Dubai, United Arab Emirates — An Iranian official said Thursday that protests over the death of a woman detained by morality police had ended in Tehran, although anti-government slogans could be heard from windows and rooftops in parts of the country’s capital the night before. .

Iran has been rocked by nationwide protests earlier this month following the death of 22-year-old Mahsa Amini, who was detained by morality police for allegedly wearing the mandatory Islamic headscarf too loosely. Her death has sparked outrage among the country’s ruling clerics.

Iranian police have clashed with protesters in dozens of cities across the country, and authorities have imposed internet blackouts in an attempt to quell the protests.

State TV reported that at least 41 protesters and police have been killed since the protests began on September 17. Official statements from the Associated Press put the death toll at at least 14, with more than 1,500 protesters arrested.

Iran held the funeral of a policeman injured several days ago in the working-class village of Parand near Tehran.

Tehran’s provincial governor, Mohsen Mansouri, was quoted by state media as saying that protests in the capital had ended and security had been restored.

Authorities are still blocking access to WhatsApp and Instagram, social media services used by protesters to organize and share information. They are also heavily restricting internet access during the afternoon to prevent demonstrations from forming.

Protesters chanted “Death to the dictator” from inside buildings at night, making it difficult for police to arrest them. Students have continued to protest on the campuses of some universities, including Shiraz University in the south.

Journalist Elahe Mohammadi, who covered Amini’s funeral in the Kurdish city of Sakez earlier this month, has been arrested by authorities. She is among several journalists arrested after Amini’s death.

Police say Amini died of a heart attack after being taken into custody by ethics police and was not mistreated. Her family has questioned that account, saying they were told by other detainees that she was severely beaten. They also say that they were not allowed to see her body.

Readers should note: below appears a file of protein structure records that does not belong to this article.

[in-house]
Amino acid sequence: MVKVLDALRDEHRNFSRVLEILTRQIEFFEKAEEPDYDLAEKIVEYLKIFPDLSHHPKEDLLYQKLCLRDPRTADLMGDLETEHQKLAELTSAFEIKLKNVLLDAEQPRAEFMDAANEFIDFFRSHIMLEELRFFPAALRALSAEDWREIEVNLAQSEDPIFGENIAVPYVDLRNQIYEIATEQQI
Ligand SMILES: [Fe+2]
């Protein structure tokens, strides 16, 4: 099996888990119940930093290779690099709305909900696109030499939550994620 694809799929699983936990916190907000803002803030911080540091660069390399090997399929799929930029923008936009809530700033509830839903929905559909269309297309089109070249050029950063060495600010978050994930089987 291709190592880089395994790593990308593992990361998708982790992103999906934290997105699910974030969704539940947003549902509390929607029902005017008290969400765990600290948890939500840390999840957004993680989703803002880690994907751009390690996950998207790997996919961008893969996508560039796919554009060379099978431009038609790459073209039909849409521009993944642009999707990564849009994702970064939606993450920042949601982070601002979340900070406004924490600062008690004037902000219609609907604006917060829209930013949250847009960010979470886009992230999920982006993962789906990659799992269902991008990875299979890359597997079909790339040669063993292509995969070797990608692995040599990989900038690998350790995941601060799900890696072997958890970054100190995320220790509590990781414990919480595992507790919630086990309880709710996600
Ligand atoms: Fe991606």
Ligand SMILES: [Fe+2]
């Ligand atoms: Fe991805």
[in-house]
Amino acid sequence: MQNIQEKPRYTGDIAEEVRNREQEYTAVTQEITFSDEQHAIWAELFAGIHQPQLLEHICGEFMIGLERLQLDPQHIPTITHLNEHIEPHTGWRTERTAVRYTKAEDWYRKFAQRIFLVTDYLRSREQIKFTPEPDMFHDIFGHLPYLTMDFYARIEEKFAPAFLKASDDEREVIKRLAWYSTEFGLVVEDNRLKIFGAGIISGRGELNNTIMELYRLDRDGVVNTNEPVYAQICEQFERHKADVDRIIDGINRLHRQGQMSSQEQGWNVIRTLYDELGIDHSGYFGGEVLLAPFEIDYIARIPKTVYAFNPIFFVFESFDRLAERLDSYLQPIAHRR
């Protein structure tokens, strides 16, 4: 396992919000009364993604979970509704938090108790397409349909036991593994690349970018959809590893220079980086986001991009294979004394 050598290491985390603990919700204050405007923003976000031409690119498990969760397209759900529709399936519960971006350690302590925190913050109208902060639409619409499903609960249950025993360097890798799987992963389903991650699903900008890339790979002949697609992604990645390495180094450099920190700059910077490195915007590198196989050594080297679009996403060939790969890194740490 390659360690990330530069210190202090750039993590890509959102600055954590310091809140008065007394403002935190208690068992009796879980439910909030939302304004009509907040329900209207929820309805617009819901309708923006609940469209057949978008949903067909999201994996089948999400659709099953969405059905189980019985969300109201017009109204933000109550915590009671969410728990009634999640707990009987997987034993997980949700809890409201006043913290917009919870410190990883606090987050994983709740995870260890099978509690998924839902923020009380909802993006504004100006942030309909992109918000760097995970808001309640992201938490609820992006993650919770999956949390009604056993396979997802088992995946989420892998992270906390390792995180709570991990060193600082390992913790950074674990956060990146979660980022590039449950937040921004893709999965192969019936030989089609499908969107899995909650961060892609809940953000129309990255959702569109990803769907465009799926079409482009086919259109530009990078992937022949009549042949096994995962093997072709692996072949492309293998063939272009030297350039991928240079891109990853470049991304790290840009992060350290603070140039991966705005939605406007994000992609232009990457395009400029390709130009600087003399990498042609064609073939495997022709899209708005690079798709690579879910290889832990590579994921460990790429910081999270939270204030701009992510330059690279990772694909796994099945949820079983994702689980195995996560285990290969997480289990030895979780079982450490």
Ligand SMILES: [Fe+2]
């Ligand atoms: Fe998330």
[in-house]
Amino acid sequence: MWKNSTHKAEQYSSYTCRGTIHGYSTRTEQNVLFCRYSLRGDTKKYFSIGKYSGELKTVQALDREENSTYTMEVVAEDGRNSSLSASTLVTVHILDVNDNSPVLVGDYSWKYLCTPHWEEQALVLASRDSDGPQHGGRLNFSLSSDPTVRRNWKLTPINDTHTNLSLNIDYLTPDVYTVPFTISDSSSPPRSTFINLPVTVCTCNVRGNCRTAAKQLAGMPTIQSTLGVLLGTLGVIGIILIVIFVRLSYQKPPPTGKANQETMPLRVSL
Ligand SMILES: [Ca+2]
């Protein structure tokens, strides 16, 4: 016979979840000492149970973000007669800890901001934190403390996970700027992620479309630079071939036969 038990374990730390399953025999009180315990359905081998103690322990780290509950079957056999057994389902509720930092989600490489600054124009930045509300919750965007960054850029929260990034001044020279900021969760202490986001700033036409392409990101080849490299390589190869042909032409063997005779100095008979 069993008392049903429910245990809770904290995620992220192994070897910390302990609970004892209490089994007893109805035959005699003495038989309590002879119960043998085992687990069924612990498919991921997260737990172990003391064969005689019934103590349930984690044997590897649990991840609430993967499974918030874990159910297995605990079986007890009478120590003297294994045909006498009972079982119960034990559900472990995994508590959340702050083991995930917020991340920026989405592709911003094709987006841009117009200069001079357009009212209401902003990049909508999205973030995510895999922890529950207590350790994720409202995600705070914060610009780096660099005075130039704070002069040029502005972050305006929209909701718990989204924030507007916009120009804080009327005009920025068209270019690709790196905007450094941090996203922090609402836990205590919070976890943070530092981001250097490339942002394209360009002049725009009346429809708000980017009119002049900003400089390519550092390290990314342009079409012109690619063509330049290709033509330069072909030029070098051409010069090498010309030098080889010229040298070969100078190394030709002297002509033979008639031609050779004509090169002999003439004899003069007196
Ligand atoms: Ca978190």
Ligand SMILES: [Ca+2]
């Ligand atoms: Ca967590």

In a speech late on Wednesday, Iranian President Ibrahim Raisi again pledged to investigate her death but said authorities would not tolerate any threat to public safety.

In death, Amini has emerged as a symbol of resistance to Iran’s theocracy, which requires women to dress conservatively and cover their hair in public. Authorities have faced waves of protests in recent years, mostly related to a chronic economic crisis exacerbated by international sanctions.

Shirin Ebadi, an Iranian activist who won the Nobel Peace Prize in 2003, said the latest protests were different from previous protests, telling German broadcaster Deutsche Welle that “the state is likely to be overthrown.”

“Unlike previous protests, people are not passive. When they are beaten by the security forces, they retaliate by beating the security forces too,” said Ebadi, who fled the country in 2009 during an earlier crackdown on dissent.

She called on the international community to withdraw its ambassador from Iran and impose sanctions on those involved in the killing of protesters.

Iranian leaders have blamed the protests on unidentified foreign entities they say are trying to foment unrest. According to Iran’s state-run IRNA news agency, the Foreign Ministry summoned the French charge d’affaires on Thursday and accused French officials of interfering in Iran’s internal affairs by supporting the protests.

But Jomahouri Islami, a hardline newspaper, admitted in an editorial that the protests reflected genuine anger.

“Regarding the end of prohibition, the authorities should not think that the discontent is over and will not grow. The current situation is like an ember under the ashes, which can flare up again.”

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